By Corinne Murdock |
Secretary of State and gubernatorial candidate Katie Hobbs cursed out the country after the leaked Supreme Court draft opinion circulated on Monday night. She capitalized on the incident with a plug to fundraise for her campaign.
“F**k the patriarchy,” said Hobbs. “If you agree, help us defend the right to choose in Arizona.”
State Representative and congressional candidate Walt Blackman (R-Snowflake) criticized Hobbs as not being a serious individual in response.
Politico published the leaked opinion on Monday night. Justice Samuel Alito authored the 98-page draft majority opinion, which dated back to February. Justices Clarence Thomas, Neil Gorsuch, Brett Kavanaugh, and Amy Coney Barrett signed onto the opinion.
Tuesday morning, Chief Justice John Roberts confirmed the authenticity of the draft. He ordered an investigation into the leak. Although much speculation abounded following the Politico report, no official suspects have been named.
Roberts assured the country that the leak wouldn’t influence the final ruling.
“To the extent this betrayal of the confidences of the Court was intended to undermine the integrity of our operations, it will not succeed. The work of the Court will not be affected in any way,” said Roberts.
While Arizona’s Republican elected officials acknowledged the draft opinion’s content, their greater focus was on the individual responsible for the leak. Arizona’s Democratic elected officials, however, focused on their disagreement with the opinion. They didn’t address the alleged impropriety of the leak — some appeared to even justify it.
Congressman Andy Biggs (R-AZ-05) said that while he agreed with the ruling, he disapproved of the leak and speculated that someone with pro-abortion views was responsible. Congressman Paul Gosar (R-AZ-04) concurred.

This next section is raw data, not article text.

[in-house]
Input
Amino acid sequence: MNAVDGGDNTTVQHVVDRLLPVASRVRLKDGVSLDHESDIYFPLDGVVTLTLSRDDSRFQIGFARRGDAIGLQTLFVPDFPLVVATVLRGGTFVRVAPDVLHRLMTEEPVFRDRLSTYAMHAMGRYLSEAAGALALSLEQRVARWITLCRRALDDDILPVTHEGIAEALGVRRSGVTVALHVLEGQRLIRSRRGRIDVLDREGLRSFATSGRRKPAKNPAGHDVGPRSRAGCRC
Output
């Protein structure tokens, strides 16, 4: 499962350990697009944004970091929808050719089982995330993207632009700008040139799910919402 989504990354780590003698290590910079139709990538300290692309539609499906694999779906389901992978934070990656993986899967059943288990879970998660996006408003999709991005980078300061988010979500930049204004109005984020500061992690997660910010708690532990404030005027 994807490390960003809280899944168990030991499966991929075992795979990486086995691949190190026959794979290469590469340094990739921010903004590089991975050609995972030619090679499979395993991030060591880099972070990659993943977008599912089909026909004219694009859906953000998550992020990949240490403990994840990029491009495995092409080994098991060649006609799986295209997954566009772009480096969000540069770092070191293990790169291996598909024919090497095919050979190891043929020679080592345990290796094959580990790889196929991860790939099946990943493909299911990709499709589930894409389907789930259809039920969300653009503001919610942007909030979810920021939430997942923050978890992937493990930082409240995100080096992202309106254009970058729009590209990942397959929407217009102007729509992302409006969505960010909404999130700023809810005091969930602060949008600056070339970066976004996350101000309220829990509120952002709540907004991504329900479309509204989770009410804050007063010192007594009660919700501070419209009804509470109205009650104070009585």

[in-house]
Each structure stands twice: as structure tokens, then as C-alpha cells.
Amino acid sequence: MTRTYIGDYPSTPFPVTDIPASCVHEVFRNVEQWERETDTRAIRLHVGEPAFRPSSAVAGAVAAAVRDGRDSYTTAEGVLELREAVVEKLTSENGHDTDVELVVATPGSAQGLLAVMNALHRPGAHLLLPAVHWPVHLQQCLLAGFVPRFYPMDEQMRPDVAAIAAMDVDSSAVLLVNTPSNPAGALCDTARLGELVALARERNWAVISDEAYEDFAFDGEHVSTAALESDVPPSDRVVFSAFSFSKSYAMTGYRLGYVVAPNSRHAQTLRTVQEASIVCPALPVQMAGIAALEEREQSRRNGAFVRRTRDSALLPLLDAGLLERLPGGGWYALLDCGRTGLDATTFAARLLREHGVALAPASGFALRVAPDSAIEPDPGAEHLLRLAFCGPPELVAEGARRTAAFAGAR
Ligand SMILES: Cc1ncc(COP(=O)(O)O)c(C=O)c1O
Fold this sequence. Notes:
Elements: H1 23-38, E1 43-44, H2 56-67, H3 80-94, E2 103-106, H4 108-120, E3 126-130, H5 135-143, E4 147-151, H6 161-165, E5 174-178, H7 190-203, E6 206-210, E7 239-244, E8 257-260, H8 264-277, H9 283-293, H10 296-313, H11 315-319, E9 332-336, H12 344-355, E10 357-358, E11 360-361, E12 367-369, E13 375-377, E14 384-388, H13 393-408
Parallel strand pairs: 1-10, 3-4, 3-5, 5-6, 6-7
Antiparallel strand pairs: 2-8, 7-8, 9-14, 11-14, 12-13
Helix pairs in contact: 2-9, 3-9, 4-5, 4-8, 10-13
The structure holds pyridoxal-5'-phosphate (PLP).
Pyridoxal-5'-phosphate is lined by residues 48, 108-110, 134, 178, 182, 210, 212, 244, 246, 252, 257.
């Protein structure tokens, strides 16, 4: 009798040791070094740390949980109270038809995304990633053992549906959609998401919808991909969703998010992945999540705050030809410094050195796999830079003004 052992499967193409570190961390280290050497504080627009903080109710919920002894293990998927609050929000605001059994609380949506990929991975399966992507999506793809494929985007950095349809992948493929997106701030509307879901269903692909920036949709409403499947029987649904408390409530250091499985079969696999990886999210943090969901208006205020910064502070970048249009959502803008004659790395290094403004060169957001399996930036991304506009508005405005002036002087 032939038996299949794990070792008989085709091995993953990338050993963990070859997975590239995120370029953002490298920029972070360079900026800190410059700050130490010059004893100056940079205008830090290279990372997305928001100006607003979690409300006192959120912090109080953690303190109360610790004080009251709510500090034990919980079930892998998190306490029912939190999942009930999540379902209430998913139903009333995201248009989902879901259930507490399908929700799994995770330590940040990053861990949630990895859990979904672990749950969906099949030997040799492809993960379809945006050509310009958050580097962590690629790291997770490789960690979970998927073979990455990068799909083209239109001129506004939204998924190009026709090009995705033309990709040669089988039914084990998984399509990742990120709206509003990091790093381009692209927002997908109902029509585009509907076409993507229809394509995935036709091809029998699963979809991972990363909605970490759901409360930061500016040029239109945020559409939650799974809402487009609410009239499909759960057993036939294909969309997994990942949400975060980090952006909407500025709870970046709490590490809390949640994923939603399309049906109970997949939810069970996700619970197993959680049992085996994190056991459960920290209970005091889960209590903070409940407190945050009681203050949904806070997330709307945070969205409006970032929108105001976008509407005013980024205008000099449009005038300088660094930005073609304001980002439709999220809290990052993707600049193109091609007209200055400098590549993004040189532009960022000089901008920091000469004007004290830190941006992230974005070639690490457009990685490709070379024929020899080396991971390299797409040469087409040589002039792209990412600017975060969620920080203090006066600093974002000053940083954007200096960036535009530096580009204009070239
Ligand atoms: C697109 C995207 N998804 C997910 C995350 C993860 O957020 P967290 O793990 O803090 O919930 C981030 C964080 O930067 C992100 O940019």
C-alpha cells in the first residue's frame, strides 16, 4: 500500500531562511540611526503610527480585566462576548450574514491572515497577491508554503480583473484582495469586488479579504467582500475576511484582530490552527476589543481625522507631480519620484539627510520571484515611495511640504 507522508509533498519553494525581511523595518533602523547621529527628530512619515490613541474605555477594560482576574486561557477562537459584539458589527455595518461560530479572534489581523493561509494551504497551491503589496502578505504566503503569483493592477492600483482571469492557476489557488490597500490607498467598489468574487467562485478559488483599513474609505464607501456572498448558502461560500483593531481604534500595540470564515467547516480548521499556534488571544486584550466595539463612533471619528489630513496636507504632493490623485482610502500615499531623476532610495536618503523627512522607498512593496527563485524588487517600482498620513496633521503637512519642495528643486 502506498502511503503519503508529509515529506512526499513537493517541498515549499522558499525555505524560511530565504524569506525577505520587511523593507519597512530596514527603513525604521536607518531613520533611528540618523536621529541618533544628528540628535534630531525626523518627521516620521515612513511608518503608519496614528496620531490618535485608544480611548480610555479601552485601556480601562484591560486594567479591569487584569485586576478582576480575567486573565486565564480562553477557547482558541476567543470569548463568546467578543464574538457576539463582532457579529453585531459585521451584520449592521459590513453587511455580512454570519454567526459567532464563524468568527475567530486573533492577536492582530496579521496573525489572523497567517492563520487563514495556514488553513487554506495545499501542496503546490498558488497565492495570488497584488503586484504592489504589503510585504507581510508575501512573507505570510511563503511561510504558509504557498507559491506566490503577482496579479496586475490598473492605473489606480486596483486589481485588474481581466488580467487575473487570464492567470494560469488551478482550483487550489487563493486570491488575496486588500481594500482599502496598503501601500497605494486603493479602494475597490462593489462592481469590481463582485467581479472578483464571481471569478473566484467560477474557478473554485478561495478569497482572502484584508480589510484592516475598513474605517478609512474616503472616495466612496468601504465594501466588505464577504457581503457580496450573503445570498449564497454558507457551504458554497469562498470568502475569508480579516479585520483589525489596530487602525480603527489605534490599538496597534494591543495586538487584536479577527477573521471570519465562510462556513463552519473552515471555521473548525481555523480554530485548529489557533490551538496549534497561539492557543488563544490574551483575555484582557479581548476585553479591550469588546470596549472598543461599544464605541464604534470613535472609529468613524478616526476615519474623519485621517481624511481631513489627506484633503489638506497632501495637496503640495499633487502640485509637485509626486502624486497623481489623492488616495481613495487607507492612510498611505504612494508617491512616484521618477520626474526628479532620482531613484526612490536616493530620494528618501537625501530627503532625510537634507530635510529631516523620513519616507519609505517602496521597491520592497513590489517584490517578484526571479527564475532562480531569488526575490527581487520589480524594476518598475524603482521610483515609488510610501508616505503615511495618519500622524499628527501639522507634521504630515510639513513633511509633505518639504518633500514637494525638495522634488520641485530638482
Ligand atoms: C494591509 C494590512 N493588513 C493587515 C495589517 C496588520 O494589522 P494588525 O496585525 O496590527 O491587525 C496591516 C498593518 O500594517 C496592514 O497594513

Congressman Ruben Gallego (D-AZ-07) argued that the bigger issue at hand wasn’t the fact that someone compromised the process of the highest court in the land by leaking sensitive documents unintended for public consumption. Rather, he argued that the bigger issue was how SCOTUSblog, the independent media blog offering Supreme Court reporting, engaged in “inside ball bulls**t.”
Like his Democratic peers, Congressman Greg Stanton (D-AZ-09) called for the Senate to codify abortion on demand.
Congresswoman Ann Kirkpatrick (D-AZ-02) argued that the draft opinion didn’t reflect the American people’s will. One of the first arguments in the majority draft opinion asserted that both Roe v. Wade and Casey v. Planned Parenthood weren’t based on legal rationale. Rather, Alito wrote that both rulings contained arbitrary, legislation-like rules.
Both of Arizona’s Democratic Senators Kyrsten Sinema and Mark Kelly didn’t address the leak, just their disagreement with the draft majority opinion.
Vice President Kamala Harris accused the Supreme Court justices of “want[ing] to punish women” by “tak[ing] away their rights to make decisions about their own bodies.” Harris claimed that the ruling threatened the “right to privacy” — a concept not enumerated within the Constitution but contrived in the 1890s by Supreme Court Justice Louis Brandeis.
President Joe Biden pledged to push for legalized abortion on demand legislation, should the draft opinion become the final ruling.
The leak inspired pro-abortion and pro-life activists to turn up at the courthouse.